Domestic violence may have its roots in evolution, according to a controversial new study – a finding that could explain why the crime is so widespread across the globe.
The latest findings suggest men who are abusive towards their partners have more children, meaning it could be a trait that has evolved because it benefits men.
The implication is that abusive men use violence to rape their partners, making them more likely to father children and pass their genes to the next generation.
Researchers say understanding the impact of evolution on domestic violence may aid future efforts to prevent it.
But critics say the study shows little about the inheritance of violent traits as it only looked at a single generation of violent men.
Domestic violence may have its roots in evolution, according to a controversial new study. The research suggests that men who are abusive towards their partners have more children in societies that don’t have birth control (stock image)
Scientists at the University of Toulouse, France, interviewed women of the Tsimane people – an indigenous culture of lowland Bolivia with no access to contraception.
Shockingly, 85 per cent of the 105 women they spoke to for the study had experienced domestic abuse during their lifetime.
Researchers found that on average women were more likely to give birth in a year in which their partner was violent with them.
Experts said sexual violence against a partner could increases a couple’s likelihood to have children, meaning abusive men are more likely to pass on their genes.
‘Intimate partner violence may persist as an evolutionary strategy to enhance male fitness,’ said anthropologist Dr Elizabeth Pillsworth, a researcher at California State University who was not involved in the study.
The controversial findings have linked with similar studies that examined some of humanity’s closest relatives.
The implication is that abusive men use violence to rape their partners, making them more likely to father children and pass their genes to the next generation. Understanding the impact of evolution on domestic violence may aid efforts to prevent it (stock image)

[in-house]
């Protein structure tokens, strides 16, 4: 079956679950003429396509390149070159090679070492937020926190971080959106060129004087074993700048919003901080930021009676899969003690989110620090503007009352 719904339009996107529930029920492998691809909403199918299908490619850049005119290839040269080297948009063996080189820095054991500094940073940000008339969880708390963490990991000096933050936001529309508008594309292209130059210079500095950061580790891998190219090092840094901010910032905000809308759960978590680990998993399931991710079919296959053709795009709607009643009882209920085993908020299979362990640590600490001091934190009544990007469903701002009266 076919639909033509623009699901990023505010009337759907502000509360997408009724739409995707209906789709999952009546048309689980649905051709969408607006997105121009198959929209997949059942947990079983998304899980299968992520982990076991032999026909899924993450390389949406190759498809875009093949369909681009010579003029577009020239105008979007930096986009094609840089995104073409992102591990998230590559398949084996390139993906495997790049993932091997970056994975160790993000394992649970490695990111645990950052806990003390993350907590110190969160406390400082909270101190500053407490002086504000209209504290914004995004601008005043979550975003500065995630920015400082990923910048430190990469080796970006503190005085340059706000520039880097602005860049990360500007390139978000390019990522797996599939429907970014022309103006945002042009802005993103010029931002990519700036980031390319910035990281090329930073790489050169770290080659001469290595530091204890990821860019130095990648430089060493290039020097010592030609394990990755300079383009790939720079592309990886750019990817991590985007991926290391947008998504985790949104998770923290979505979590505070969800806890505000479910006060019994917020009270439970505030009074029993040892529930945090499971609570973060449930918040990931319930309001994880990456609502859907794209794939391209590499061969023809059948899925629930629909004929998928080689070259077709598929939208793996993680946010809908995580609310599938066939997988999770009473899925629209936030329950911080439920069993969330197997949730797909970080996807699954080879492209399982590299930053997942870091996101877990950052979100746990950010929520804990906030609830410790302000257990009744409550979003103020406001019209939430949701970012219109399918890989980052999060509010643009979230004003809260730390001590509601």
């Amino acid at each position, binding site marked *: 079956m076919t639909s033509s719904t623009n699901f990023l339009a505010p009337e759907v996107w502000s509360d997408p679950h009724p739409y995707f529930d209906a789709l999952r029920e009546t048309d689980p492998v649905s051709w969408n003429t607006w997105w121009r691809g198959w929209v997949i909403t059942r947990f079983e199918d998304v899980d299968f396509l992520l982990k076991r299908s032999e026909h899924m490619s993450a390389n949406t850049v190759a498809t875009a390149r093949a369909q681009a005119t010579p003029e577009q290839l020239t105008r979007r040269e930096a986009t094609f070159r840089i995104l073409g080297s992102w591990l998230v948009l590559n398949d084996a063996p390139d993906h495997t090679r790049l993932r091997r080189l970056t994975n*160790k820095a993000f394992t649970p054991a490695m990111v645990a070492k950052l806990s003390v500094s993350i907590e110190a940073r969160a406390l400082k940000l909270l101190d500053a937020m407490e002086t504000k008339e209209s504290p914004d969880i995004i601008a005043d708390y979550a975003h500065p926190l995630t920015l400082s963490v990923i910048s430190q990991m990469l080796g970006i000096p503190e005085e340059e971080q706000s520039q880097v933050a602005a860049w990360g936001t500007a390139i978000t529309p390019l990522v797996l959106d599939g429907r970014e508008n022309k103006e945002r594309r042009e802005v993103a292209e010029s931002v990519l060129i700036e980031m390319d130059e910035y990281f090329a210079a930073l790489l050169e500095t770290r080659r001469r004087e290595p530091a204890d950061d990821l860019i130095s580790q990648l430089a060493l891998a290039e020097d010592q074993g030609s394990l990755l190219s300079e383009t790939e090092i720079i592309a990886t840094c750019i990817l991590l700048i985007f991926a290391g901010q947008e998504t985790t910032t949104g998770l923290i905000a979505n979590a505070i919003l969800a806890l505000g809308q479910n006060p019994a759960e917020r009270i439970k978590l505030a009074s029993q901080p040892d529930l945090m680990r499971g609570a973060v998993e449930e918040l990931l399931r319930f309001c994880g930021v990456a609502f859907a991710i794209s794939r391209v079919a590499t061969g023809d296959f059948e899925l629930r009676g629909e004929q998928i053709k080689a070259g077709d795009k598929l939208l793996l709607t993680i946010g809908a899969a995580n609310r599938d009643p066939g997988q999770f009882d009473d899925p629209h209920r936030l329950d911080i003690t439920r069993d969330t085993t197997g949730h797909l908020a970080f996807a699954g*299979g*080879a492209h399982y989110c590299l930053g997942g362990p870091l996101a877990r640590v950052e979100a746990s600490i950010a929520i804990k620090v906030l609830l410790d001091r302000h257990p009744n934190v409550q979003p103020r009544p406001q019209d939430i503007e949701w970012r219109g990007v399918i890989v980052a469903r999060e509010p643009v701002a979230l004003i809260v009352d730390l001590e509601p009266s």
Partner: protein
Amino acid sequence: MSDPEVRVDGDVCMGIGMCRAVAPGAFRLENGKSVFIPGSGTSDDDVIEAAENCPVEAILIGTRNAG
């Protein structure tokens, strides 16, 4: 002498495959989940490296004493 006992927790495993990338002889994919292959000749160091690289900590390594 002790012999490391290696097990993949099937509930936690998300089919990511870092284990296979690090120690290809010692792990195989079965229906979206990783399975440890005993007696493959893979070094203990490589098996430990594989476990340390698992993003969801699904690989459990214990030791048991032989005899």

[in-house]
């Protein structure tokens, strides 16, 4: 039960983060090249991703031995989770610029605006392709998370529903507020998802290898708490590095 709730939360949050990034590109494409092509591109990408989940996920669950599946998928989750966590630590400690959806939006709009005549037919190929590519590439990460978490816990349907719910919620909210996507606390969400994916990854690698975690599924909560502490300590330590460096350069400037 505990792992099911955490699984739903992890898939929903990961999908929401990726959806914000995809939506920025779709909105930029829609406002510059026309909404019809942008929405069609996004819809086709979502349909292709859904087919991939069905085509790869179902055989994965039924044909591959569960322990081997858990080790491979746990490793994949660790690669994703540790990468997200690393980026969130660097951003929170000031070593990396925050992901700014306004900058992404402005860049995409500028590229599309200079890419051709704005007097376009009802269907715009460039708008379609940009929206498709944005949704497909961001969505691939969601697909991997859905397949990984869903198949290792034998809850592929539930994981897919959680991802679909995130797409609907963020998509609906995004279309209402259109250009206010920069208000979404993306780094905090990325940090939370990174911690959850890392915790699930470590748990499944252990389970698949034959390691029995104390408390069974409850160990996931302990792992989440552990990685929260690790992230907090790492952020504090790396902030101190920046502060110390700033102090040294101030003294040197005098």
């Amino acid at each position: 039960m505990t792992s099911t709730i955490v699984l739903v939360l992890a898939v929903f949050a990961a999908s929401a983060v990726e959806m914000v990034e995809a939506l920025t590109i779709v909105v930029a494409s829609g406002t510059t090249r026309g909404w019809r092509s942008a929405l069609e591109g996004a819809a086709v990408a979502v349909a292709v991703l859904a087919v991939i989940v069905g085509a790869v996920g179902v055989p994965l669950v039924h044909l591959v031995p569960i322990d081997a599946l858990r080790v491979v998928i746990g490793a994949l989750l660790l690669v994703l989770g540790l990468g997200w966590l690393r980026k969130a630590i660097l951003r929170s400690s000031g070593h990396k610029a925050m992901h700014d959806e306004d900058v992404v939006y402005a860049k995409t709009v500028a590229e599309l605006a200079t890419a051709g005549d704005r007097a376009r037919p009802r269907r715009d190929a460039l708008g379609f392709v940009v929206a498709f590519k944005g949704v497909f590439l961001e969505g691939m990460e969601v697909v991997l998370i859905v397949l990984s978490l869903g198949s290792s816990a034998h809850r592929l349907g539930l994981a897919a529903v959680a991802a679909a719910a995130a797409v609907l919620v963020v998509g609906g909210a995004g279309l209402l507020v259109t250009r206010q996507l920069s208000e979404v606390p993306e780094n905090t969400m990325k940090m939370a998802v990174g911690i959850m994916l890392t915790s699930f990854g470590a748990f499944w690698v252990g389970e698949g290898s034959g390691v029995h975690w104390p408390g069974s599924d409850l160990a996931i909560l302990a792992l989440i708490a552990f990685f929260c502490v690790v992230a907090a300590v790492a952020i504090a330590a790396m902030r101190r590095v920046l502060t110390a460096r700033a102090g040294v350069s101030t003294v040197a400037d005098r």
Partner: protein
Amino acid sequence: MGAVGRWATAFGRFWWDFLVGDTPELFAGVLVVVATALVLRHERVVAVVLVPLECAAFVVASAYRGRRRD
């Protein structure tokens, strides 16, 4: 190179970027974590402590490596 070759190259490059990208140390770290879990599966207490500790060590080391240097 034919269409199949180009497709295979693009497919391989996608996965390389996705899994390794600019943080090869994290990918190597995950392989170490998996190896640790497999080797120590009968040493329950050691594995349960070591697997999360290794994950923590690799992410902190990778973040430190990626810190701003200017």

Certain species of baboon and chimpanzee have previously been shown to use long-term sexual intimidation to control their mates.
This suggests partner abuse has a long history in primates, including humans – although some scientists have disputed the claim.
Lead author of the new study Dr Jonathan Stieglitz cautioned its results do not prove that domestic violence has any evolutionary benefit for the entire species.
He wrote in Nature: ‘It would be wrong and misguided to say that evolution favours intimate partner violence, or that spousal abuse is adaptive.
‘Requirements for showing that a trait was and is favoured by natural selection are much more rigorous than what we do in this observational case study.’
WHAT ARE SOME OF THE LIMITATIONS OF THE NEW STUDY?
A study from the University of Toulouse suggests that domestic violence may have its roots in evolution as abusive men are more likely to have children.
While the results are shocking, there are a few issues with the study that put its results into question.
Researchers only interviewed 105 women from an indigenous Bolivian community – a notably small sample size.
The process of interviewing people about past events is also known to be an unreliable method for gathering data.
The study linked women who had been victims of domestic violence to having more children on average than women who weren’t abused.
But the results are merely a correlation, rather than causation – and a number of factors could have contributed to this trend.
Lead author of the new study Dr Jonathan Stieglitz cautioned its results do not prove that domestic violence has any evolutionary benefit.
He said: ‘It would be wrong and misguided to say that evolution favours intimate partner violence, or that spousal abuse is adaptive.’
The research only looked at a single generation of Tsimane people, he said.
To show a ‘domestic violence trait’ exists, scientists would need to show that the children of abusive partners went on to reproduce more themselves.
Dr Emma Williamson, head of the Centre for Gender and Violence Research at the University of Bristol, agrees.
She told MailOnline: ‘I don’t believe the premise of the evolutionary link is a valid one.
‘Any human behaviour could be described as linked to evolution as humans have evolved and as the authors of the study themselves recognise, such a link cannot be made from this particular study.’
According to Dr Stieglitz, the results may suggest partner violence is even more prevalent worldwide than the latest ‘frightening statistics’ already indicate.
He added the study could help combat domestic abuse in future by aiding our understanding of its causes.
‘The World Health Organisation reports that more than one in three women face violence from an intimate partner during their lifetime, and nearly one in four murders of women worldwide are by intimate partners,’ Dr Stieglitz said.
‘Developing effective interventions to reduce intimate partner violence requires understanding the underlying risk factors for such violence.’
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